Protests condemn military-appointed senators for ignoring the choice of Thai voters

Move Forward Party caravan during the campaign period in May 2023

Move Forward Party caravan during the campaign period in May 2023. Party leader Pita Limjaroenrat is at the center wearing a white shirt. Photo by Rameshe999 from Wikipedia. (CC BY-SA 4.0)

Thai citizens took to the streets in protest over the last week after military-appointed senators refused to vote for Move Forward Party (MFP) leader Pita Limjaroenrat as the country’s next prime minister.

MFP, which campaigned on a platform of restoring democracy, garnered the largest number of seats in the May election. Its active supporters include young activists who led pro-democracy protests in 2020 and called for the reform of harsh monarchy laws. During the pandemic emergency, the military-backed government used the anti-Royal Insult Law (section 112 of the criminal code) to detain critics and harass opposition members.

Thailand’s army grabbed power in 2014 and drafted a constitution that allowed it to appoint 250 members of the senate who would join other parliament members in selecting the nation’s prime minister. Military-backed candidates, including the party of the incumbent prime minister who led the coup, were defeated by MFP and other opposition parties.

Pita or any candidate needs 376 votes from parliament and the Senate in order to become prime minister. During the voting last week, Pita only got 324 votes, while 182 voted against him and 199 abstained. Only 13 senators voted for him, while 43 did not show up.

The voting angered many Thai voters. Pita is the only prime minister nominee from the coalition of parties that represent the majority in the parliament. As the majority in parliament, this coalition can form a government and nominate its prime minister.

It proved that the military continues to retain political influence and can still block the country’s transition to democracy and the push for social and political reforms.

Public outrage led to protests in at least 11 provinces. The hashtag #ม็อบ16กรกฎา66 (#RespectMyVote) was used on social media to remind senators and other conservative legislators to uphold the decision of Thai voters. Some activists have called for a boycott of businesses owned by senators and their families.

Immediately after the parliament voting, protests were organized in Bangkok condemning the actions of senators.

Posters urging the removal of senators were distributed in the city center:

The iconic “three-finger” salute inspired by the popular United States movie series, “The Hunger Games,” which gained prominence during pro-democracy protests, was once again seen in the capital. Aside from being rejected by the Senate, Pita is also facing a disqualification case that could strip him of his seat in Parliament. The complaint is based on the claim that Pita owned family shares from a media company that is no longer operating. The law prohibits anyone owning a media company from running for public office.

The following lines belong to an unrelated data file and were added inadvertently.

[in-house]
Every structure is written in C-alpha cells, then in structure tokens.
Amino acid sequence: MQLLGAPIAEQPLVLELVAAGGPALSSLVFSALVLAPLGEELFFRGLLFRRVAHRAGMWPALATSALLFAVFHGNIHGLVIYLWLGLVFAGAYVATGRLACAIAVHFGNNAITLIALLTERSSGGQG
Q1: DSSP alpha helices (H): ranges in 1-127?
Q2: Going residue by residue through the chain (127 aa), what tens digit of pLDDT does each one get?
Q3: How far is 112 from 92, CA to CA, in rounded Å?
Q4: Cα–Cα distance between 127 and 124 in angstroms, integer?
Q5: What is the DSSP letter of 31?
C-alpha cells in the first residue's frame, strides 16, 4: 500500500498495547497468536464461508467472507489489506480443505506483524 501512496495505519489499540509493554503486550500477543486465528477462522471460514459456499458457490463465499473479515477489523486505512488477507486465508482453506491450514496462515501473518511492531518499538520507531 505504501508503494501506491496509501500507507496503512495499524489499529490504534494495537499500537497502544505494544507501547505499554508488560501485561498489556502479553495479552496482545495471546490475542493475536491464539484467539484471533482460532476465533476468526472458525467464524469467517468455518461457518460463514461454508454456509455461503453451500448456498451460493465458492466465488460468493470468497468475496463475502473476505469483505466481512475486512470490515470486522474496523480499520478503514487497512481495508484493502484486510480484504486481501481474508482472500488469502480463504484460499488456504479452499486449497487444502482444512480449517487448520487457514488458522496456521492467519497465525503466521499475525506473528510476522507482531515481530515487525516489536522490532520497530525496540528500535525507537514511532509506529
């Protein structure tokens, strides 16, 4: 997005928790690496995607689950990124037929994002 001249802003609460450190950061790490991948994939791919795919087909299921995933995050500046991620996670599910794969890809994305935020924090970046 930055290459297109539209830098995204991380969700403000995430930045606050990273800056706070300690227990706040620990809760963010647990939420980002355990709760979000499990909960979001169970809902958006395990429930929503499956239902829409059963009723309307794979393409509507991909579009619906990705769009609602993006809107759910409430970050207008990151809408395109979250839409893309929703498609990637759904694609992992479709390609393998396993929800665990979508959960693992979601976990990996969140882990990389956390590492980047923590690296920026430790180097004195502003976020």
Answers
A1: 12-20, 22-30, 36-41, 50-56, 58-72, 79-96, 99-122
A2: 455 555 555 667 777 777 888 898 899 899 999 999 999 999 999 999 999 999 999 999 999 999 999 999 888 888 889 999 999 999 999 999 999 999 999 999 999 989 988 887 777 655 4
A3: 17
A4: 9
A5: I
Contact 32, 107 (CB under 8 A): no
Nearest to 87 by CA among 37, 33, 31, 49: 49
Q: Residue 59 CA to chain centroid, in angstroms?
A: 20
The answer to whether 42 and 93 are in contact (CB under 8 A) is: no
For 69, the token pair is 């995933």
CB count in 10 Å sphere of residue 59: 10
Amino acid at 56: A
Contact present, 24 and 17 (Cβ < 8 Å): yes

During the weekend, a protest caravan demanded the resignation of senators.

This political cartoon refers to the refusal of the military establishment to respect the choice of most Thai voters.

Interviewed by independent media outlet Prachatai, a citizen named Rat has a message addressed to senators:

Everyone loves this country the same. You [senators] must also love the people. You have to understand how much the majority of the people are struggling. Giving importance to the needs of a small group of people while a large number of people are constantly suffering no longer works for this country.

Thai Inquirer posted on Twitter about the unstoppable “winds of change” sweeping the country:

The winds of change are sweeping through the streets of Thailand, carrying with them the rustling whispers of an awakened populace. The tides have indeed turned, and the sentiment on the ground signals a robust craving for an unfettered democratic landscape.

Veteran journalist Pravit Rojanaphruk thinks that Pita has already lost and that the pro-democracy movement should accept this:

It may be over for “PM” Pita, but definitely not over for pro-democracy Thais. I know how disappointed, frustrated and angry you all must be since Thursday evening when your PM of choice was rejected by the unrepresented senators.

Thailand has been under direct and indirect military control for nine years – far too long so it is imperative that the pro-democracy camp tries its best to give government formation a chance in order to undo the poisonous and undemocratic legacies left by the military junta and steer the nation towards a new democratic transition.

The parliament will convene again on July 19, and Pita is expected to be nominated again as the only candidate for prime minister. If defeated again, Pita has vowed to support a new candidate of the majority coalition.

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